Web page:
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Weekly Rate Update

Weekly Container Rate Update Week 6 '24 | Spot rates rise above long term market on the Transatlantic trade – but what could be cause?


Sound the klaxon, ring the bell, because for the first time in 14 months the spot rate on the Transatlantic fronthaul has risen above the long term market.

Last year, we described the Transatlantic as being ‘like an unwelcome guest at a dinner party’ as carriers used it as a parking lot for excess capacity on other trades and rates continued to tumble.

Let’s investigate the prime suspects responsible for this turnaround.

A ripple effect from the Red Sea crisis perhaps? Has there been an increase in demand? Maybe carriers are now better managing capacity to match the requirements of shippers?

There is also the introduction of EU ETS regulations in 2024 which do not favor those vessels operating at sub-optimal capacity.

North Europe - US East Coast spot rates

Suspect 1: Demand

Firstly, let’s look at demand. Since peaking in October 2021 (source: Container Trades Statistics) demand has fallen every month when compared to the previous year. For the full year January to December 2023, demand fell by 13.7% compared to 2022.

To give an indication of how steady this decline has been, the average decrease in demand in the final seven months of 2023, when compared to the corresponding period in 2022, was also 13.7% (source: Container Trades Statistics).

Overall, this represents a five-year low for annual demand on this fronthaul North Atlantic trade lane.

So, no smoking gun to be found in demand to account for the Transatlantic turnaround.

Suspect 2: Capacity

While demand on this trade has been fairly predictable in its demise, the same certainly cannot be said for capacity.

Carriers drowned this trade with capacity in the first eight months of 2023 and spot market freight rates reacted accordingly. From just over USD 7 000 per FEU at the end of 2022, rates hit an all-time low by mid-November at USD 1 318 per FEU. This is a drop of 81.3% in 315 days.

The magnitude of the decline eased between August and November but the direction was the same – downward.

If the flooding of capacity on this trade was responsible for the collapse in rates then it stands to reason it is a key reason for them starting to increase again.

Smarter carrier tactics regarding capacity management became a focal point in Q4 2023 and remains the primary factor in the lifting of rates in February 2024, which saw an 18-month low for deployed capacity on this trade. This is based on a four-week rolling average adjusting announced capacity for blank sailings.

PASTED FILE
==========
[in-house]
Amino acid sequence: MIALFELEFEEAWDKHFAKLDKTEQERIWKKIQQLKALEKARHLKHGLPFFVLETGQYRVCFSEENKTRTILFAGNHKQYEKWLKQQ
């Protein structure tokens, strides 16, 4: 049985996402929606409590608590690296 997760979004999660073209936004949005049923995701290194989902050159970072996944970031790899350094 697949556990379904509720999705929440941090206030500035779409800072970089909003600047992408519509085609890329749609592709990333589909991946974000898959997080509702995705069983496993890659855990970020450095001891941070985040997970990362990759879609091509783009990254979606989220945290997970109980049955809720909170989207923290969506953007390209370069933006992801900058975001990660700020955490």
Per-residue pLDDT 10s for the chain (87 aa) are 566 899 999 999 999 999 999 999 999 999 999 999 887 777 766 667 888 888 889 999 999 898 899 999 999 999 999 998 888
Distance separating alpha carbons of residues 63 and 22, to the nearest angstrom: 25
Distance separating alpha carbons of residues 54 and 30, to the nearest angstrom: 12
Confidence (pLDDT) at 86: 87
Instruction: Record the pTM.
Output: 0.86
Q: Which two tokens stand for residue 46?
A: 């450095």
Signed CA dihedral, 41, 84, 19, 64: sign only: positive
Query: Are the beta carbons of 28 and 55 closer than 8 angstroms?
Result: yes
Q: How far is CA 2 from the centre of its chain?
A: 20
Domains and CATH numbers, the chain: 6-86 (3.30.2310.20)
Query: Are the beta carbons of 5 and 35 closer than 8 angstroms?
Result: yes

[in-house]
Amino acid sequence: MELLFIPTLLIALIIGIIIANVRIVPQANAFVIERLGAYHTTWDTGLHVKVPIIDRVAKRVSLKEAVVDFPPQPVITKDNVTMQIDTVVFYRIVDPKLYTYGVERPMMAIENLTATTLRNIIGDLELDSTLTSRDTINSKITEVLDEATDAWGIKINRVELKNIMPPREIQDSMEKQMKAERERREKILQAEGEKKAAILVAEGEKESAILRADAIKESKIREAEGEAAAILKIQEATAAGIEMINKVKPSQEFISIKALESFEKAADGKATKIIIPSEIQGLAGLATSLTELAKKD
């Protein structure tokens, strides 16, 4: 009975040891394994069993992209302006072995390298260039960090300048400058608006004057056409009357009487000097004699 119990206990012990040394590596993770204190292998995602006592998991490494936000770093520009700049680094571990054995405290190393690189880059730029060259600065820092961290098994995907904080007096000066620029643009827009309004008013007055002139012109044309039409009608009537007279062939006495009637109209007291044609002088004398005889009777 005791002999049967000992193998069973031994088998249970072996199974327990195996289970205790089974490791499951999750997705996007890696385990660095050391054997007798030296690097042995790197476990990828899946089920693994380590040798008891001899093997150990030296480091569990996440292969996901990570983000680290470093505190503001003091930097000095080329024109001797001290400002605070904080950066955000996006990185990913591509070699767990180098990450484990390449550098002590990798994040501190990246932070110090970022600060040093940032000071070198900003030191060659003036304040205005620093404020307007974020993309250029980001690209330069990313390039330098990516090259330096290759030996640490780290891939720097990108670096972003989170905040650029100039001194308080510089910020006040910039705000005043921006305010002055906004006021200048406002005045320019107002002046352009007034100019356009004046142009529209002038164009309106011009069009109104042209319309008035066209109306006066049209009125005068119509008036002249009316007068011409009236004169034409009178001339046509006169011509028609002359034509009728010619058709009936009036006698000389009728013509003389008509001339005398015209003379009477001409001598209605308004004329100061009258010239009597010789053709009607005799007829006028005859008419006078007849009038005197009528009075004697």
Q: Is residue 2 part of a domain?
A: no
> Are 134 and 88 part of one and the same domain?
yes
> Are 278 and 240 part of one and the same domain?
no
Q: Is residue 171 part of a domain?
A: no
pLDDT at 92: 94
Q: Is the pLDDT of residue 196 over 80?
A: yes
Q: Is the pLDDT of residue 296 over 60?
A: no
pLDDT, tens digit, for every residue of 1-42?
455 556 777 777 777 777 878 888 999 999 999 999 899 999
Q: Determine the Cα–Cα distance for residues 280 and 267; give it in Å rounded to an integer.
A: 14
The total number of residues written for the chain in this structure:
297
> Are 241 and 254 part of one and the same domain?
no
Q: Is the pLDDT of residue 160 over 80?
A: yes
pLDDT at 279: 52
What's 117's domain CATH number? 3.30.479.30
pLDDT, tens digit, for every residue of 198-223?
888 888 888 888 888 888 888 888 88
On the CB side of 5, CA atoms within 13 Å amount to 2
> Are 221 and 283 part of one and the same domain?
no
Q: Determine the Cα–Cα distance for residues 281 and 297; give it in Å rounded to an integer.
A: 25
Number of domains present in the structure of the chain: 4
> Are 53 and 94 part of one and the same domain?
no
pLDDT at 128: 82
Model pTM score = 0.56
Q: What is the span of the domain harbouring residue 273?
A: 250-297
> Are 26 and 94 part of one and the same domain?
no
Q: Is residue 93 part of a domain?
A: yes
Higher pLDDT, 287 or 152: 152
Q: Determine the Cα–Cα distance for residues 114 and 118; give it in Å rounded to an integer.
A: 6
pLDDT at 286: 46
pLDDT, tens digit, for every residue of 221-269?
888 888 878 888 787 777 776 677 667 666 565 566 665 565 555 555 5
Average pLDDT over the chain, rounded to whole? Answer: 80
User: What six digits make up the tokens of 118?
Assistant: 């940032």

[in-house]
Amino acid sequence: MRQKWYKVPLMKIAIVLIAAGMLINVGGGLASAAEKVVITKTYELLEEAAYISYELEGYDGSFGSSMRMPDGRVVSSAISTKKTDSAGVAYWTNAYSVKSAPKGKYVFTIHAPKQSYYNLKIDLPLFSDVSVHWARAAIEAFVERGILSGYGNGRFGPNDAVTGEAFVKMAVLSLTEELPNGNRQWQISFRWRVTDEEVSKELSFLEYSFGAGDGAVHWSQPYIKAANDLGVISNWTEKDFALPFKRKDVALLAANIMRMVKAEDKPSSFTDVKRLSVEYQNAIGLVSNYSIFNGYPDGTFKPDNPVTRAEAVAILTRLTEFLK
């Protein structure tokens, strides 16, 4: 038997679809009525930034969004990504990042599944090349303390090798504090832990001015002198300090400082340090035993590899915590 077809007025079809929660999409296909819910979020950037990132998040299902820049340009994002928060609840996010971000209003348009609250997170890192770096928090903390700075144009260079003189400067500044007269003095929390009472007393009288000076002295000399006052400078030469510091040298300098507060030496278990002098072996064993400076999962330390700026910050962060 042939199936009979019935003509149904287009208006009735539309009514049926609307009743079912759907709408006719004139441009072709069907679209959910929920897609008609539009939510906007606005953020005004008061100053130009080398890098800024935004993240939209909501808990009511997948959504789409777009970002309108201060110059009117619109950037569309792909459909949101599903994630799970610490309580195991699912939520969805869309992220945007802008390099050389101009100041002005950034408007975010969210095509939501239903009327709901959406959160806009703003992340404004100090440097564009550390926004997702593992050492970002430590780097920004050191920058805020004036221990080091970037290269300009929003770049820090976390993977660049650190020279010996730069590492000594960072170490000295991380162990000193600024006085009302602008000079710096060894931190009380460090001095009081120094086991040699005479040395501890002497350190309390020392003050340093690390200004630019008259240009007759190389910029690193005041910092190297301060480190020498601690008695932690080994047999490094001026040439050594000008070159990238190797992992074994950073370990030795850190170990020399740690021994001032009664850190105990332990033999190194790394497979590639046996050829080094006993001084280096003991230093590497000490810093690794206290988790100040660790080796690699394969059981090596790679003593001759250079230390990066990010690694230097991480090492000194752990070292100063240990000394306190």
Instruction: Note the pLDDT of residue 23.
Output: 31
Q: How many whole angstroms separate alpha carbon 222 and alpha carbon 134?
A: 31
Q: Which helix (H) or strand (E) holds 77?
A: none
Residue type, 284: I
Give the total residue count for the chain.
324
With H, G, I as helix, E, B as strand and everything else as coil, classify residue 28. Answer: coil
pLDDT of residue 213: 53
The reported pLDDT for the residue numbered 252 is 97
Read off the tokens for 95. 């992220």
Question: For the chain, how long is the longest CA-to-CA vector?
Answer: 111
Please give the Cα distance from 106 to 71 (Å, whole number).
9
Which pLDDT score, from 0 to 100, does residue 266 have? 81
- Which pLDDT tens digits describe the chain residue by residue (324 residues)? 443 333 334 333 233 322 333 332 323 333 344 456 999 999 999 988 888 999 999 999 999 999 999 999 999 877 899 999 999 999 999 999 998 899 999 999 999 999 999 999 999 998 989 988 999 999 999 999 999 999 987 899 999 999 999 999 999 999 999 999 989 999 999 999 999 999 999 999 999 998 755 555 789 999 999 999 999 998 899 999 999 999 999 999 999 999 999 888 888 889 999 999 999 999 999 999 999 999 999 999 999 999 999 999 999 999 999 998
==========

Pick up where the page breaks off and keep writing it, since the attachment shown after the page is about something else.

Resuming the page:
Suspects 3 & 4: The Red Sea Crisis and EU ETS regulations

If we have established capacity management is responsible for increasing spot rates, can we close the case? Not quite because there are accomplices for us to consider.

The Red Sea crisis is impacting trades beyond those that transit the Suez Canal most regularly. As carriers re-route all but a few services around the Cape of Good Hope in Africa, sailing time increases by at least 10 days on each leg of the journey depending on the country of origin and destination.

This means more vessels are required to maintain service schedules. Perhaps this plays into carriers’ hands, allowing them to reduce capacity of the Transatlantic while increasing capacity on services diverted around Africa – thus solving two problems at the same time.

EU ETS regulations have also been introduced more fully in 2024 and will impact carriers (and shippers through surcharges) most severely on trades with poorer load factors. However, the financial implications of EU ETS surcharges introduced by carriers pale in comparison to the costs associated with disruption in the Red Sea and Suez Canal.

So, while EU ETS regulations will be a consideration for carriers in reducing capacity on the Transatlantic, it is not likely to be the primary motive in their decision-making at present.

You can read more about EU ETS regulations here with a further update for Xeneta customers coming soon.

Where do rates go from here?

Early indications on the Xeneta platform point towards spot rates climbing further by a small amount in February – if carriers can convince shippers to take the announced GRIs.

However, that will be easier said than done, especially if those major trades impacted by the Red Sea crisis are anything to go by, with shippers seemingly negotiating carriers down on the early February GRIs. You can read more on that on the Xeneta Red Sea Crisis Newsfeed here.

Xeneta customers can view the development of spot rates on the Transatlantic in real time on our platform – and it is sure to be an interesting first half to 2024 on the trade.

Want more?

Download the 4 Steps Shippers Can Take Now’ providing a range of advice and insight to help navigate the ongoing crisis, such as support for internal meetings with CFOs, preparing to use more air freight and understanding the risks to your supply chain here.

Red Sea Crisis | Ocean Freight Strategy


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